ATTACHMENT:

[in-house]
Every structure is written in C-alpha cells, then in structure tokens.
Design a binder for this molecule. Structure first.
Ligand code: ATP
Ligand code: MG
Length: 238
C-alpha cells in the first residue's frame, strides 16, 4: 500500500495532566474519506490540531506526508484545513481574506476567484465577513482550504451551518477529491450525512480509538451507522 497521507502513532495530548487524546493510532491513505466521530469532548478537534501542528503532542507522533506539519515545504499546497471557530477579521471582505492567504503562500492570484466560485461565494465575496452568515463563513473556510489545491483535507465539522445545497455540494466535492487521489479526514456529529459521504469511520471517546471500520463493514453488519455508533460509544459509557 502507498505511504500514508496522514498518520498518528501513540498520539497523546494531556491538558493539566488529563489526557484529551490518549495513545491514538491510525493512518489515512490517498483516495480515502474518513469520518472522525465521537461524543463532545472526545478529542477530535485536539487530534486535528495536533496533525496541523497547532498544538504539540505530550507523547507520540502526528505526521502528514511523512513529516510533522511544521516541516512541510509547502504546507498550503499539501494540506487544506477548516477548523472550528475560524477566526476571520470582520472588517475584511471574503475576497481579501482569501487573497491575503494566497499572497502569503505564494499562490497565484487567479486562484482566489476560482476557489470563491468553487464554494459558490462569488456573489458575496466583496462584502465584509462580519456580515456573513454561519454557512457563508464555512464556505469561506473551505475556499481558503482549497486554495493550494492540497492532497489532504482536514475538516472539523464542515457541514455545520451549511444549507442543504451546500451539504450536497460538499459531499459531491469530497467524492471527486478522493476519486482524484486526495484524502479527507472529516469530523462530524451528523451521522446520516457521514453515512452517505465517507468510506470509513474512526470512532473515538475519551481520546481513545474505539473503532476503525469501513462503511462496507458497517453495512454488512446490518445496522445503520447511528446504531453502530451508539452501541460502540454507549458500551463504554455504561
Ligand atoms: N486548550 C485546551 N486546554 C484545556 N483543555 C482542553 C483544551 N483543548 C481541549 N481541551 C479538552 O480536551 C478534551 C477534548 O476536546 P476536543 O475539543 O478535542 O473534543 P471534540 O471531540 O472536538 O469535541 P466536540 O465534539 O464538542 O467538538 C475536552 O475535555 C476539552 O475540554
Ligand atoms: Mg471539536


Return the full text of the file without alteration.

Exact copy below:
[in-house]
Every structure is written in C-alpha cells, then in structure tokens.
Design a binder for this molecule. Structure first.
Ligand code: ATP
Ligand code: MG
Length: 238
C-alpha cells in the first residue's frame, strides 16, 4: 500500500495532566474519506490540531506526508484545513481574506476567484465577513482550504451551518477529491450525512480509538451507522 497521507502513532495530548487524546493510532491513505466521530469532548478537534501542528503532542507522533506539519515545504499546497471557530477579521471582505492567504503562500492570484466560485461565494465575496452568515463563513473556510489545491483535507465539522445545497455540494466535492487521489479526514456529529459521504469511520471517546471500520463493514453488519455508533460509544459509557 502507498505511504500514508496522514498518520498518528501513540498520539497523546494531556491538558493539566488529563489526557484529551490518549495513545491514538491510525493512518489515512490517498483516495480515502474518513469520518472522525465521537461524543463532545472526545478529542477530535485536539487530534486535528495536533496533525496541523497547532498544538504539540505530550507523547507520540502526528505526521502528514511523512513529516510533522511544521516541516512541510509547502504546507498550503499539501494540506487544506477548516477548523472550528475560524477566526476571520470582520472588517475584511471574503475576497481579501482569501487573497491575503494566497499572497502569503505564494499562490497565484487567479486562484482566489476560482476557489470563491468553487464554494459558490462569488456573489458575496466583496462584502465584509462580519456580515456573513454561519454557512457563508464555512464556505469561506473551505475556499481558503482549497486554495493550494492540497492532497489532504482536514475538516472539523464542515457541514455545520451549511444549507442543504451546500451539504450536497460538499459531499459531491469530497467524492471527486478522493476519486482524484486526495484524502479527507472529516469530523462530524451528523451521522446520516457521514453515512452517505465517507468510506470509513474512526470512532473515538475519551481520546481513545474505539473503532476503525469501513462503511462496507458497517453495512454488512446490518445496522445503520447511528446504531453502530451508539452501541460502540454507549458500551463504554455504561
Ligand atoms: N486548550 C485546551 N486546554 C484545556 N483543555 C482542553 C483544551 N483543548 C481541549 N481541551 C479538552 O480536551 C478534551 C477534548 O476536546 P476536543 O475539543 O478535542 O473534543 P471534540 O471531540 O472536538 O469535541 P466536540 O465534539 O464538542 O467538538 C475536552 O475535555 C476539552 O475540554
Ligand atoms: Mg471539536